- they often settle for "satisfaction or good enough"
What is brand switching?
select familiar brands when decision is ambiguous
What is variety seeking?
the tendency of consumers to switch their selection among various brands in a given category in a seemingly random pattern
What is prospect theory?
highlights how individuals respond to losses and gains
What are the key elements of prospect theory?
Reference point - CALL A asked to wait 20 min
Risk averse concerning gain
Risk seeking concerning losses
Overweigh small probabilities
What is mental accounting?
the process of putting things into gains and losses to decide what to pick payin
What are sunk costs fallacy?
when you pay for something, you're less likely to waste it
What is hyperopia?
obsessed with preparing for the future
What is the house money effect?
People are more willing to take risks when they perceive that they are using someone else's resources
- we value money differently depending on where it comes from
How much search occurs?
- amount of info available: more info is not always better
- consumers' prior expertise: search is greatest among the consumer who is moderately knowledgable about a product
What is perceived risk?
The belief the product has potential neg/uncertain consequences
What are the types of risk?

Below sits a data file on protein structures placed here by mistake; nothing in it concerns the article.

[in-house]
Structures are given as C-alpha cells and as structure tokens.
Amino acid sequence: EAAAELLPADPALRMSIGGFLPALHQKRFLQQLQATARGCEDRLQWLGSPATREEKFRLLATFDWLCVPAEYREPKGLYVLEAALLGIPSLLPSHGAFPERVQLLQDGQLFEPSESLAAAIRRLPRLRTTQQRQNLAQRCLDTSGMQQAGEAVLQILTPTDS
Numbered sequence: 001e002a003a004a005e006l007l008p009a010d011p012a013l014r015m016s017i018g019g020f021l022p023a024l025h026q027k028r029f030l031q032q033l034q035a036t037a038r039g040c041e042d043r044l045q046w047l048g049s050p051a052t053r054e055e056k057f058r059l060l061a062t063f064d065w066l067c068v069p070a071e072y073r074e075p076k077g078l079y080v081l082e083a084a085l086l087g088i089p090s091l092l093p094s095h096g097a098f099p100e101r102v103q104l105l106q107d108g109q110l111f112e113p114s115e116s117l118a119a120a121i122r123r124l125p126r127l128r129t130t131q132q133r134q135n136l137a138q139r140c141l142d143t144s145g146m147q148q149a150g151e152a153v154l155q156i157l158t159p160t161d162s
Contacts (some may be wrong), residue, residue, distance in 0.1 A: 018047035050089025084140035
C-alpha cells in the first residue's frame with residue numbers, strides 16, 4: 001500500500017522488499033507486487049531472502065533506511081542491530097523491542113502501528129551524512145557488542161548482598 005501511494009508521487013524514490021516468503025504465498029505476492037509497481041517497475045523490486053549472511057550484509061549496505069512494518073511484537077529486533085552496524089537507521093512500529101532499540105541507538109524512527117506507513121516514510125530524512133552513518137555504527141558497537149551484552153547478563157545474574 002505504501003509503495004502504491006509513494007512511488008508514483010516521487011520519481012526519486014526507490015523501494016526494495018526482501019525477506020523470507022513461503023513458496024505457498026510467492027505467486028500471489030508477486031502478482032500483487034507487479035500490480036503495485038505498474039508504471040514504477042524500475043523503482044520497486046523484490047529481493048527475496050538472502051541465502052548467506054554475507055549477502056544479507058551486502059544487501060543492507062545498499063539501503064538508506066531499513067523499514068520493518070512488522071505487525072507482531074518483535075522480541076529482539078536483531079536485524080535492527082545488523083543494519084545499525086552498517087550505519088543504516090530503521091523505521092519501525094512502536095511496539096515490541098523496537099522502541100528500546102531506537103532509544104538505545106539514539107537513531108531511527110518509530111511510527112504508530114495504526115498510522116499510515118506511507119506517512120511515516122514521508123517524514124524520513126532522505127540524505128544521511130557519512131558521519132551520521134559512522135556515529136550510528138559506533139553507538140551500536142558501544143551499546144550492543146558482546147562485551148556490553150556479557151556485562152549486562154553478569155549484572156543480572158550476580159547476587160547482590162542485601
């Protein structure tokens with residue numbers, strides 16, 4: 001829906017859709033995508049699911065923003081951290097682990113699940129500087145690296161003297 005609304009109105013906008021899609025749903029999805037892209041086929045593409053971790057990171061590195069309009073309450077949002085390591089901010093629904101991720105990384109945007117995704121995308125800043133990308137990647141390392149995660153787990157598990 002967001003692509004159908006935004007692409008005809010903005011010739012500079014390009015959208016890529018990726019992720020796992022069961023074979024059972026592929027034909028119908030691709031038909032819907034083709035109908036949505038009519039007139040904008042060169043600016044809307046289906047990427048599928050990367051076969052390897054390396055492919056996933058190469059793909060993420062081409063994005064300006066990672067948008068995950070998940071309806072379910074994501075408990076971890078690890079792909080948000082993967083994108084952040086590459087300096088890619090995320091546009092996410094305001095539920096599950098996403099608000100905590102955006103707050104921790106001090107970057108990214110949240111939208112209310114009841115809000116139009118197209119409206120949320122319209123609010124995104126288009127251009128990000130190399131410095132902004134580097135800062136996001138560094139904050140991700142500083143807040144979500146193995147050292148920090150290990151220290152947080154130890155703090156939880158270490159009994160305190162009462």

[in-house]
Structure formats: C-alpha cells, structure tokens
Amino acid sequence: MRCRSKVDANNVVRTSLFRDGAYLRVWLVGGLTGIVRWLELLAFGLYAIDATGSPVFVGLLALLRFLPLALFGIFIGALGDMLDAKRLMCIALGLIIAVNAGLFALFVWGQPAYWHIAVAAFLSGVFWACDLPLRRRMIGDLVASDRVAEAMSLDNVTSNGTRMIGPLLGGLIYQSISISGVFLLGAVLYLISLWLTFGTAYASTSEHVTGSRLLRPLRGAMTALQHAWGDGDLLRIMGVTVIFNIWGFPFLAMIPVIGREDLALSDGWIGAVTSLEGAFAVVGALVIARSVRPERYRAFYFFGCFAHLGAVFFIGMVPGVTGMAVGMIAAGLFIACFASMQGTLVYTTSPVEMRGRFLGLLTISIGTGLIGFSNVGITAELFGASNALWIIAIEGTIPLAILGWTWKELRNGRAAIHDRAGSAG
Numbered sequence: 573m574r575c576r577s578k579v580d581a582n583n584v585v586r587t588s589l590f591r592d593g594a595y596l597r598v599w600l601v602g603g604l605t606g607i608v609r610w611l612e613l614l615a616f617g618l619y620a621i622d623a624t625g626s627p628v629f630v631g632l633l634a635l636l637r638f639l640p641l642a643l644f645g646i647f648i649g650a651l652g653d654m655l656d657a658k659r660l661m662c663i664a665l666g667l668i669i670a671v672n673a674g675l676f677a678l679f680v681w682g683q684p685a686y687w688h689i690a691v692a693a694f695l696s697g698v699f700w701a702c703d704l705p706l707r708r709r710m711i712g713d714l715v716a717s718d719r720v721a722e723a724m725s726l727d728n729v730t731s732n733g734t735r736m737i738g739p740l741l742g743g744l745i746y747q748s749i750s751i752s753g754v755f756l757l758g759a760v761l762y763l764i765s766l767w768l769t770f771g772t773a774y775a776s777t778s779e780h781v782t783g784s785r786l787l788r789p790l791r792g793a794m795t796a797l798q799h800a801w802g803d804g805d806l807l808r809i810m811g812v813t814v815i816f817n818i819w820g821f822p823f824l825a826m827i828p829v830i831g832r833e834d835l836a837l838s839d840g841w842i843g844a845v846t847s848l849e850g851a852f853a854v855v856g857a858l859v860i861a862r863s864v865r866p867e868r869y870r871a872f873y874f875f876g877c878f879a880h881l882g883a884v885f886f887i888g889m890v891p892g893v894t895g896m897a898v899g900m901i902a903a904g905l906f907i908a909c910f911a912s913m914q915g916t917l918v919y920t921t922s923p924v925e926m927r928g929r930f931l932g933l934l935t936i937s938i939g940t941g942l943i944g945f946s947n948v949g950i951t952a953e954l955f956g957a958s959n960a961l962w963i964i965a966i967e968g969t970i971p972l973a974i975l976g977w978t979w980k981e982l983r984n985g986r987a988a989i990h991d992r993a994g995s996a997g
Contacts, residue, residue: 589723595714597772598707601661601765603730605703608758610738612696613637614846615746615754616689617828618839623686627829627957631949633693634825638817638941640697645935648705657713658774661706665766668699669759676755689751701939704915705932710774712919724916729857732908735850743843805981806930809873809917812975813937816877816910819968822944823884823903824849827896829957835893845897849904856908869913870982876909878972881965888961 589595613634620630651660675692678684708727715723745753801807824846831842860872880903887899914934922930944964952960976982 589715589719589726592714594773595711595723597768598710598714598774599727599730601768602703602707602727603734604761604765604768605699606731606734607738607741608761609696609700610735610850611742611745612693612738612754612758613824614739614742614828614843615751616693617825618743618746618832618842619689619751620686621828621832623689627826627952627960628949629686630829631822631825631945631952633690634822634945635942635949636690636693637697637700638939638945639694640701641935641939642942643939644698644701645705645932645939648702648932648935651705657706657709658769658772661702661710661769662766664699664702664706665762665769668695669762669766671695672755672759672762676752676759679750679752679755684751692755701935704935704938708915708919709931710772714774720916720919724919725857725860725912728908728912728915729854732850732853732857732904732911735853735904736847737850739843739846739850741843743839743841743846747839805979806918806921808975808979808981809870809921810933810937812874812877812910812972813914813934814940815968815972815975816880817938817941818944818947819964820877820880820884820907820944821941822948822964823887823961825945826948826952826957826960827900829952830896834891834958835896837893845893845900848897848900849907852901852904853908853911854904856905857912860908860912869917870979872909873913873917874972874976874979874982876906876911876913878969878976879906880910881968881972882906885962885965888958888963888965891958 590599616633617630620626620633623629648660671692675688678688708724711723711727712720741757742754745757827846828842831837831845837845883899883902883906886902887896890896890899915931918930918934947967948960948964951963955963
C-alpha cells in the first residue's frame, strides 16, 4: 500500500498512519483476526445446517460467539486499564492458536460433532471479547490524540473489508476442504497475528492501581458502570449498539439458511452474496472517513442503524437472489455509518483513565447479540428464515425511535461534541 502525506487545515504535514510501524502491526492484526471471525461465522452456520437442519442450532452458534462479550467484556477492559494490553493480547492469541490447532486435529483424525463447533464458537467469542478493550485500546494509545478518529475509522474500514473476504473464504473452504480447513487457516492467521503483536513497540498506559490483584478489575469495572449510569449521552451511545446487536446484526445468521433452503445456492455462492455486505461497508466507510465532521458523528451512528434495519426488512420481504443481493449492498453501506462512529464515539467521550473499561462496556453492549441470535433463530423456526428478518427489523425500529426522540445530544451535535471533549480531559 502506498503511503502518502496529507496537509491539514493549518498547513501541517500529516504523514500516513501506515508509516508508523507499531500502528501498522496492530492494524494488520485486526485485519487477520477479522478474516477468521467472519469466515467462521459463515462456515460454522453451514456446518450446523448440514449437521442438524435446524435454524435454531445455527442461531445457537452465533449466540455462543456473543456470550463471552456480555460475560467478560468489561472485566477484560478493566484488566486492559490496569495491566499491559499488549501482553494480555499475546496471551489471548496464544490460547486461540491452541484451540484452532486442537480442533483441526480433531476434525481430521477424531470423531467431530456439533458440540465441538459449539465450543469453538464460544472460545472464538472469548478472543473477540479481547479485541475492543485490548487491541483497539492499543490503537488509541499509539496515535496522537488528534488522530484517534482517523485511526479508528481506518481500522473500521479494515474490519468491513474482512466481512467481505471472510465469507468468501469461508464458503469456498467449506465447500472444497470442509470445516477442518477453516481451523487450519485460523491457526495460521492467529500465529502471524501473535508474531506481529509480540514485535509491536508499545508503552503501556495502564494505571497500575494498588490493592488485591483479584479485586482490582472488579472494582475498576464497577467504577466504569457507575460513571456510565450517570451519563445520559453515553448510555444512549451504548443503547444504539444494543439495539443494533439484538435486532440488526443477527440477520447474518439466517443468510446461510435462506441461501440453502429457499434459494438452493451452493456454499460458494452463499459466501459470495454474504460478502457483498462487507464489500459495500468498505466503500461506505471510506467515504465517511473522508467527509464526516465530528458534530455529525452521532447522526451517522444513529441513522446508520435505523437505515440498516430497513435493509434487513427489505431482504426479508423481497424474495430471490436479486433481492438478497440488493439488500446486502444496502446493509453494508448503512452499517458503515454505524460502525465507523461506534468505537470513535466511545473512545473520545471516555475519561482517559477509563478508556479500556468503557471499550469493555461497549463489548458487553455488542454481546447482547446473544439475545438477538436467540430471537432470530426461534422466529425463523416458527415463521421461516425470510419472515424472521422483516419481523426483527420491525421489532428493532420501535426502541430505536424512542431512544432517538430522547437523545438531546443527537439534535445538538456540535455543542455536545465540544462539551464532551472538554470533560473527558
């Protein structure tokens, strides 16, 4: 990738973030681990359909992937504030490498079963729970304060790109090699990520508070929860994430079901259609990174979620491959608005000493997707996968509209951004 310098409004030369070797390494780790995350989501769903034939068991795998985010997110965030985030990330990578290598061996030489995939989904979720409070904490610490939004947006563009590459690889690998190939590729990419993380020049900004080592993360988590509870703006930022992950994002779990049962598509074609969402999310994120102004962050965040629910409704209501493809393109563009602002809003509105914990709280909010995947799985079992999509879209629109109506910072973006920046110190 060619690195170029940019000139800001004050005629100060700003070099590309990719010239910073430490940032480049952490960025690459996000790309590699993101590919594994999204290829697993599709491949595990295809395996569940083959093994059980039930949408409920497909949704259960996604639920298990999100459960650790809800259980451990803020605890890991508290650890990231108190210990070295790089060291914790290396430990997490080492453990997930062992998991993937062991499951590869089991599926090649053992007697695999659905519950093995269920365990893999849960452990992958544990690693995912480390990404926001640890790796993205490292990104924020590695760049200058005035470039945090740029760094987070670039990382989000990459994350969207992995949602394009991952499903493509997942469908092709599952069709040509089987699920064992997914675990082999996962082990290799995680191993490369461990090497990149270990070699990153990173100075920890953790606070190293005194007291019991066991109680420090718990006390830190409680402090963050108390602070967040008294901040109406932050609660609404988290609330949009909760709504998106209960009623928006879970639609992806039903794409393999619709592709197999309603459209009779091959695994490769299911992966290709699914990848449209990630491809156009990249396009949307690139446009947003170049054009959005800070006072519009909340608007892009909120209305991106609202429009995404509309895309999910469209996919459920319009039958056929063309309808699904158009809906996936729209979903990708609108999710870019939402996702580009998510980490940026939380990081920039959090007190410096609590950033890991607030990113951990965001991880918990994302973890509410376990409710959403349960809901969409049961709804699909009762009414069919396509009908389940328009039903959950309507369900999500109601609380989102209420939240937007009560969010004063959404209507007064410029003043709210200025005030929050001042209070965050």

5. psychological risk
What are the important aspects of identifying alternatives?
What is the evoked set?
The set of brands that come to mind when a product category is mentioned.
What is the inert set?
brands you can't consider because you don't know about them
What is the inept set?
brand you won't consider for a variety of reasons
You tend to put products into categories, what are the levels of categorizations?
1. super-ordinate level: broad and abstract (dessert)
2. basic level: most useful, items grouped at this level have a lot in common but still leave room for choosing alternatives
3. sub-ordinate level: specific, includes individual brands
What are the strategic implications of product categorization?
- exemplar product: product is a good example of the category ( cake = dessert)
- Locating products: placing product properly in store